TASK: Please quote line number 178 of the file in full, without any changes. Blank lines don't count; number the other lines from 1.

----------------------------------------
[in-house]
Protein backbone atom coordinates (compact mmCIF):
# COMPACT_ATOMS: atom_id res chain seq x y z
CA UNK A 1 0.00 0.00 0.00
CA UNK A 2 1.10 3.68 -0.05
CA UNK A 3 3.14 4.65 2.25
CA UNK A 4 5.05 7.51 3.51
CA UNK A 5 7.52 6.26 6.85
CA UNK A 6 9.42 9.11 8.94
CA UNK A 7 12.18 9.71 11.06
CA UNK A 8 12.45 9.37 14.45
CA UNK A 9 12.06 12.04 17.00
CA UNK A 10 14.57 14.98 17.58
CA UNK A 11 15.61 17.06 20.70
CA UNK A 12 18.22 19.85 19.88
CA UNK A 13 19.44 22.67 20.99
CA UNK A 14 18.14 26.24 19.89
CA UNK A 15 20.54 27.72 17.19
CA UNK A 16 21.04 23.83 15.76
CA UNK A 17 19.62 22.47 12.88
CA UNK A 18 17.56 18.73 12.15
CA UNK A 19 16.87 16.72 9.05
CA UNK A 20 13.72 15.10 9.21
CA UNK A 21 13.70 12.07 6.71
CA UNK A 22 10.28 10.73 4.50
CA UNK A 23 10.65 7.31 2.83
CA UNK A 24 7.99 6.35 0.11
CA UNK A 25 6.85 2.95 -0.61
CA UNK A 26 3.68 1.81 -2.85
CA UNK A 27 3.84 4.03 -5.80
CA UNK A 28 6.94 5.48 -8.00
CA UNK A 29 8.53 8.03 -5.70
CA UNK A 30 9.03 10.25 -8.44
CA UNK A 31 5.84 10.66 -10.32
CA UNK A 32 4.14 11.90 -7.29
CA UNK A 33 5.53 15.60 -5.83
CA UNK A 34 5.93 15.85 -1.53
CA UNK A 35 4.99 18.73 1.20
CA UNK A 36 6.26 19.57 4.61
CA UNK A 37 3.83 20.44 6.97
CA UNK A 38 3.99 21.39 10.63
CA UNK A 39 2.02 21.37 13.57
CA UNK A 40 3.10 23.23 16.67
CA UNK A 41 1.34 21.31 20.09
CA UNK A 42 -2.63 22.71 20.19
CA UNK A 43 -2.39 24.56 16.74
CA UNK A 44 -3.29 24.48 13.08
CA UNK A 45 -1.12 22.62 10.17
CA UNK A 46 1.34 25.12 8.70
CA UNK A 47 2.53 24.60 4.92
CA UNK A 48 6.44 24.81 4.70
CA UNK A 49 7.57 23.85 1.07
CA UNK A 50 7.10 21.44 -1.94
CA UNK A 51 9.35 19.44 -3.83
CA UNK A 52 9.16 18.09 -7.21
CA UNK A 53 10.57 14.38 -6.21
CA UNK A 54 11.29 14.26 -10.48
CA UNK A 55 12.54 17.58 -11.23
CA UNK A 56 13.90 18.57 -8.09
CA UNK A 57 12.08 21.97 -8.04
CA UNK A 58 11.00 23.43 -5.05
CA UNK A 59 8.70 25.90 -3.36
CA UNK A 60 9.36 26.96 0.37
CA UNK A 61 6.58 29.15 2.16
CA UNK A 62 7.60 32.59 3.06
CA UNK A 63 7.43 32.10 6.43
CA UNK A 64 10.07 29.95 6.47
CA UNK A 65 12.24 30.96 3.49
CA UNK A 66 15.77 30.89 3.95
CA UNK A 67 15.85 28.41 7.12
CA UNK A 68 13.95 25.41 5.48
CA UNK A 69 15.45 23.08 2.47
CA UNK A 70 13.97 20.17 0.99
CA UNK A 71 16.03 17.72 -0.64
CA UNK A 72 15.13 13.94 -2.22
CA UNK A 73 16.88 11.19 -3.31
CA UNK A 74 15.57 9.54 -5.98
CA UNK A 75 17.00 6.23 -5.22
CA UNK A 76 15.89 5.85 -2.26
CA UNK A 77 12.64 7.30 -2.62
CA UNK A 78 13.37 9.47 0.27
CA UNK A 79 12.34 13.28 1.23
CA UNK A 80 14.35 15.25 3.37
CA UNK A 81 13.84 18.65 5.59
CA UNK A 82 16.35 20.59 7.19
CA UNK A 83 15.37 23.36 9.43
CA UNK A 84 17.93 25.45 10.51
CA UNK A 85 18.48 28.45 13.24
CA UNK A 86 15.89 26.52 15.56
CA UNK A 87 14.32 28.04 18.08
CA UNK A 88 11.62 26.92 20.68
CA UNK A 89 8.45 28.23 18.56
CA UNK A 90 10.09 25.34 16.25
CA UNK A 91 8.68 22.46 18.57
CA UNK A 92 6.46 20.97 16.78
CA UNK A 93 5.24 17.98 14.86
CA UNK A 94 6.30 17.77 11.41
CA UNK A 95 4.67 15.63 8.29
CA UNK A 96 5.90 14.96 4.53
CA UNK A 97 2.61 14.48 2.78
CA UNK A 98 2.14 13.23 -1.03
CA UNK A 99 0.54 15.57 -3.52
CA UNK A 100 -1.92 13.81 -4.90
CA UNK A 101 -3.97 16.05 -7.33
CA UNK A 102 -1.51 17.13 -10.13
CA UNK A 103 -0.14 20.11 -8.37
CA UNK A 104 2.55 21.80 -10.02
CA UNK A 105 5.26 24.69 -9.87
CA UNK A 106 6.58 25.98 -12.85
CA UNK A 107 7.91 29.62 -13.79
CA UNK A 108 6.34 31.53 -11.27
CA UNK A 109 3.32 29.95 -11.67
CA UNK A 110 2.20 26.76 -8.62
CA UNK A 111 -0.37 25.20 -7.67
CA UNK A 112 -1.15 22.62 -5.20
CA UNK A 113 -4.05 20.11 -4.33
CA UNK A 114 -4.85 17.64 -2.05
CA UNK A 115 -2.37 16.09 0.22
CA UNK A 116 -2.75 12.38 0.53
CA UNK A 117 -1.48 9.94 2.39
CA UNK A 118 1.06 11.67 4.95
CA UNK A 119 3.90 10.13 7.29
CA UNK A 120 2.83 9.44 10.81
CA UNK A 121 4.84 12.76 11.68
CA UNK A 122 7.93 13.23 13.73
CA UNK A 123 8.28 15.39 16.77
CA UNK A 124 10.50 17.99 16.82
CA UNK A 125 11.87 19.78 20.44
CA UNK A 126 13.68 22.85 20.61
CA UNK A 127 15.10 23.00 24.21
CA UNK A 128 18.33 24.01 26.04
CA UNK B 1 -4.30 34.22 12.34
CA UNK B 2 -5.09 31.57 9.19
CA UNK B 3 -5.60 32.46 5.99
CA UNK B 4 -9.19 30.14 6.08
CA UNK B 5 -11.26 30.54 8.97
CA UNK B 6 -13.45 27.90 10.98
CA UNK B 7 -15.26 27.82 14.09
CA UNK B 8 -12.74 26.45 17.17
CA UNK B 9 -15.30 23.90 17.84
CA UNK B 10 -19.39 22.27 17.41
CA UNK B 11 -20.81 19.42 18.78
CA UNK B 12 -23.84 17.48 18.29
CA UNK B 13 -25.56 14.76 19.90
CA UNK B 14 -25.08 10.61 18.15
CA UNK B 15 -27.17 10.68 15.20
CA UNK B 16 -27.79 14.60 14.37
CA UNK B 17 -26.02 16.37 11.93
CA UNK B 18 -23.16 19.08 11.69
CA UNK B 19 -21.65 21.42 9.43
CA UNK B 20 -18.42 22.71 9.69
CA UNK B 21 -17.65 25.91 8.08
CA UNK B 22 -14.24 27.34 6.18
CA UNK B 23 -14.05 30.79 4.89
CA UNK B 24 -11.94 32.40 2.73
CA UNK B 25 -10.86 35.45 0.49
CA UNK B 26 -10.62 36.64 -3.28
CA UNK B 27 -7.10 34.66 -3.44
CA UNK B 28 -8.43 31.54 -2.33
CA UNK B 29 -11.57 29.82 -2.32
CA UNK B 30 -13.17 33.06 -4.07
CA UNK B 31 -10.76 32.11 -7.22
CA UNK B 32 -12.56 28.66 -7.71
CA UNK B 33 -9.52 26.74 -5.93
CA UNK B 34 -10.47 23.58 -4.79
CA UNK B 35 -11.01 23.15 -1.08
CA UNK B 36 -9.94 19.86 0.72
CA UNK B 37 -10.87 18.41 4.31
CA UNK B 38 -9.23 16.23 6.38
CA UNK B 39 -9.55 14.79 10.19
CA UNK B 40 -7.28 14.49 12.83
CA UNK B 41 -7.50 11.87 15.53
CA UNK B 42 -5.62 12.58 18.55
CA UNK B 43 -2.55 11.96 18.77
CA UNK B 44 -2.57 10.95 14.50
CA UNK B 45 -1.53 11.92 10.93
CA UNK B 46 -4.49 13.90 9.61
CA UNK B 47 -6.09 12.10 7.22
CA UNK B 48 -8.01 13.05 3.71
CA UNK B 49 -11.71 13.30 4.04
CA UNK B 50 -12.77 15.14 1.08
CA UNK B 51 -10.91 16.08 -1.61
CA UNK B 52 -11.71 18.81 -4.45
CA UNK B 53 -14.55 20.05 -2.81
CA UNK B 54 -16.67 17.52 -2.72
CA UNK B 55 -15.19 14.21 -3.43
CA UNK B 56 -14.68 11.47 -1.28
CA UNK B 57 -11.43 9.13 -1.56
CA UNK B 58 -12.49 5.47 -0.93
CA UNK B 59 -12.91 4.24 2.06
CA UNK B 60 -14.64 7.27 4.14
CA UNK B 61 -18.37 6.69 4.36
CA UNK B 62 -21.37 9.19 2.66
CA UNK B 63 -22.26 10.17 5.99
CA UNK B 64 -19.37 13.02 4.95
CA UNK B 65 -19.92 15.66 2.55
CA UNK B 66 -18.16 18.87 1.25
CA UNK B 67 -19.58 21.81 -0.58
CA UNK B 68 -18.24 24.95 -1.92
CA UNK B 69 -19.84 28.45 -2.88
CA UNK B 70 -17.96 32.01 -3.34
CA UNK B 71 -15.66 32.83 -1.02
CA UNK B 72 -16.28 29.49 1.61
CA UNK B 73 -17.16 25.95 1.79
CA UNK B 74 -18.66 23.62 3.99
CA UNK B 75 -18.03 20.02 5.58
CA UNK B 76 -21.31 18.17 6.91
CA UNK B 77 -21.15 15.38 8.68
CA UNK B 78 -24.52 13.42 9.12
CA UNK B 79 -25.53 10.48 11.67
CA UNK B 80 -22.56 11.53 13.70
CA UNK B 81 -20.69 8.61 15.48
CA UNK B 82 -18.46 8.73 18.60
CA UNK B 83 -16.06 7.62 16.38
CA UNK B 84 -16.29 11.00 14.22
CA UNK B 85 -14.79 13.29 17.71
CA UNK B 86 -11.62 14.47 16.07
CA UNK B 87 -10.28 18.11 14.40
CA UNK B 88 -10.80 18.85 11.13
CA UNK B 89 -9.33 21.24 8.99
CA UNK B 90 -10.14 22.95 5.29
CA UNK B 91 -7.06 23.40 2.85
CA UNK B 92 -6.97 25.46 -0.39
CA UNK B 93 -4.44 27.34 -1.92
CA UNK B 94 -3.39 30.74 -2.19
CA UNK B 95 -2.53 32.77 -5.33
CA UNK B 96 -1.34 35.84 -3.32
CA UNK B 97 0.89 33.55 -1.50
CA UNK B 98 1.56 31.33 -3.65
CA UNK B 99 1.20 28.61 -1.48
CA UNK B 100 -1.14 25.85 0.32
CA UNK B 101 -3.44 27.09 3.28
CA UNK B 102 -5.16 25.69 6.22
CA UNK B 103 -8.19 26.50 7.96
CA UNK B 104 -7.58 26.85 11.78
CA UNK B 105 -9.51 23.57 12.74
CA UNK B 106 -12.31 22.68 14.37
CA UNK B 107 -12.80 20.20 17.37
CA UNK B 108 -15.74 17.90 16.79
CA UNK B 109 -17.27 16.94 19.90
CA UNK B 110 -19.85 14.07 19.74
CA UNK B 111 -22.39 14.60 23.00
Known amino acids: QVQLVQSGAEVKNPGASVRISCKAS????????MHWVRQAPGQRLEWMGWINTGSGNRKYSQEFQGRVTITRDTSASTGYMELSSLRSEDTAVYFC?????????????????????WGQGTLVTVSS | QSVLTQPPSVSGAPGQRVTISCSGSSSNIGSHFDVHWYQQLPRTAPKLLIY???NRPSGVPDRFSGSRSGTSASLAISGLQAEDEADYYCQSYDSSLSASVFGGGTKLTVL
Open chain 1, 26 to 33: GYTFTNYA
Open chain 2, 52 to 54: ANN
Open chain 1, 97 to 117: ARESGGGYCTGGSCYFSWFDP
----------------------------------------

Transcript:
CA UNK B 47 -6.09 12.10 7.22